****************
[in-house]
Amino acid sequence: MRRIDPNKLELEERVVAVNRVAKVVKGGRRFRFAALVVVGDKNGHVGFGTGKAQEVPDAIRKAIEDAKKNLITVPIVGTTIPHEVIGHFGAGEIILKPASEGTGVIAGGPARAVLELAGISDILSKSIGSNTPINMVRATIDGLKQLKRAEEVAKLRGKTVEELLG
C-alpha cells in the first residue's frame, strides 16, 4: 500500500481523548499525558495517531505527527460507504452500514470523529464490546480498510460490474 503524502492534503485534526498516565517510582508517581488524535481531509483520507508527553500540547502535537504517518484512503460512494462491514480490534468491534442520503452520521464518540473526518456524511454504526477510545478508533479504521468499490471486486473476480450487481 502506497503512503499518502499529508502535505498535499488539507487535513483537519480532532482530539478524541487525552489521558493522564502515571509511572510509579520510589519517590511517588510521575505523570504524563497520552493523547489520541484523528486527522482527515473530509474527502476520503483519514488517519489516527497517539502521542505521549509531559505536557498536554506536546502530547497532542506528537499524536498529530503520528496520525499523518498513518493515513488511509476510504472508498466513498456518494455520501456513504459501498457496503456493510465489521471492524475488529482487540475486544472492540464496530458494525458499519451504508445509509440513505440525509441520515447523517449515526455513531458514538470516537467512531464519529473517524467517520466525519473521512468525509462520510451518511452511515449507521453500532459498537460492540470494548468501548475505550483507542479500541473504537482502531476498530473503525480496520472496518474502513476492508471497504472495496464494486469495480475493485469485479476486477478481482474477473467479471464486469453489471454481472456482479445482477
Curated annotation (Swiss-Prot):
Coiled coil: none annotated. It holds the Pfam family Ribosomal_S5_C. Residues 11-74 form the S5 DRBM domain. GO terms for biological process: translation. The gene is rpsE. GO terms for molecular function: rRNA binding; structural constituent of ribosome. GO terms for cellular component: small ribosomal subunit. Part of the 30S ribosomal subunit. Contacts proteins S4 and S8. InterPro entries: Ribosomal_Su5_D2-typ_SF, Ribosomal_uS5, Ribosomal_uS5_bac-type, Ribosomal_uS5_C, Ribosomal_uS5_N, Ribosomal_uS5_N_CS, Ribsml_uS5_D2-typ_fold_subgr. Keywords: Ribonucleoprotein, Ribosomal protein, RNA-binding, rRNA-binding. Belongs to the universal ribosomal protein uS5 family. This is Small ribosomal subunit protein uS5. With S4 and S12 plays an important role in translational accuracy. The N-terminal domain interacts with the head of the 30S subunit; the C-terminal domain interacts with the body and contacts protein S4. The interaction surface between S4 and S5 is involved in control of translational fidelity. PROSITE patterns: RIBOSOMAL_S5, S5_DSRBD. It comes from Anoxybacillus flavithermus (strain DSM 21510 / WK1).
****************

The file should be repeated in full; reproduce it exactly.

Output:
[in-house]
Amino acid sequence: MRRIDPNKLELEERVVAVNRVAKVVKGGRRFRFAALVVVGDKNGHVGFGTGKAQEVPDAIRKAIEDAKKNLITVPIVGTTIPHEVIGHFGAGEIILKPASEGTGVIAGGPARAVLELAGISDILSKSIGSNTPINMVRATIDGLKQLKRAEEVAKLRGKTVEELLG
C-alpha cells in the first residue's frame, strides 16, 4: 500500500481523548499525558495517531505527527460507504452500514470523529464490546480498510460490474 503524502492534503485534526498516565517510582508517581488524535481531509483520507508527553500540547502535537504517518484512503460512494462491514480490534468491534442520503452520521464518540473526518456524511454504526477510545478508533479504521468499490471486486473476480450487481 502506497503512503499518502499529508502535505498535499488539507487535513483537519480532532482530539478524541487525552489521558493522564502515571509511572510509579520510589519517590511517588510521575505523570504524563497520552493523547489520541484523528486527522482527515473530509474527502476520503483519514488517519489516527497517539502521542505521549509531559505536557498536554506536546502530547497532542506528537499524536498529530503520528496520525499523518498513518493515513488511509476510504472508498466513498456518494455520501456513504459501498457496503456493510465489521471492524475488529482487540475486544472492540464496530458494525458499519451504508445509509440513505440525509441520515447523517449515526455513531458514538470516537467512531464519529473517524467517520466525519473521512468525509462520510451518511452511515449507521453500532459498537460492540470494548468501548475505550483507542479500541473504537482502531476498530473503525480496520472496518474502513476492508471497504472495496464494486469495480475493485469485479476486477478481482474477473467479471464486469453489471454481472456482479445482477
Curated annotation (Swiss-Prot):
Coiled coil: none annotated. It holds the Pfam family Ribosomal_S5_C. Residues 11-74 form the S5 DRBM domain. GO terms for biological process: translation. The gene is rpsE. GO terms for molecular function: rRNA binding; structural constituent of ribosome. GO terms for cellular component: small ribosomal subunit. Part of the 30S ribosomal subunit. Contacts proteins S4 and S8. InterPro entries: Ribosomal_Su5_D2-typ_SF, Ribosomal_uS5, Ribosomal_uS5_bac-type, Ribosomal_uS5_C, Ribosomal_uS5_N, Ribosomal_uS5_N_CS, Ribsml_uS5_D2-typ_fold_subgr. Keywords: Ribonucleoprotein, Ribosomal protein, RNA-binding, rRNA-binding. Belongs to the universal ribosomal protein uS5 family. This is Small ribosomal subunit protein uS5. With S4 and S12 plays an important role in translational accuracy. The N-terminal domain interacts with the head of the 30S subunit; the C-terminal domain interacts with the body and contacts protein S4. The interaction surface between S4 and S5 is involved in control of translational fidelity. PROSITE patterns: RIBOSOMAL_S5, S5_DSRBD. It comes from Anoxybacillus flavithermus (strain DSM 21510 / WK1).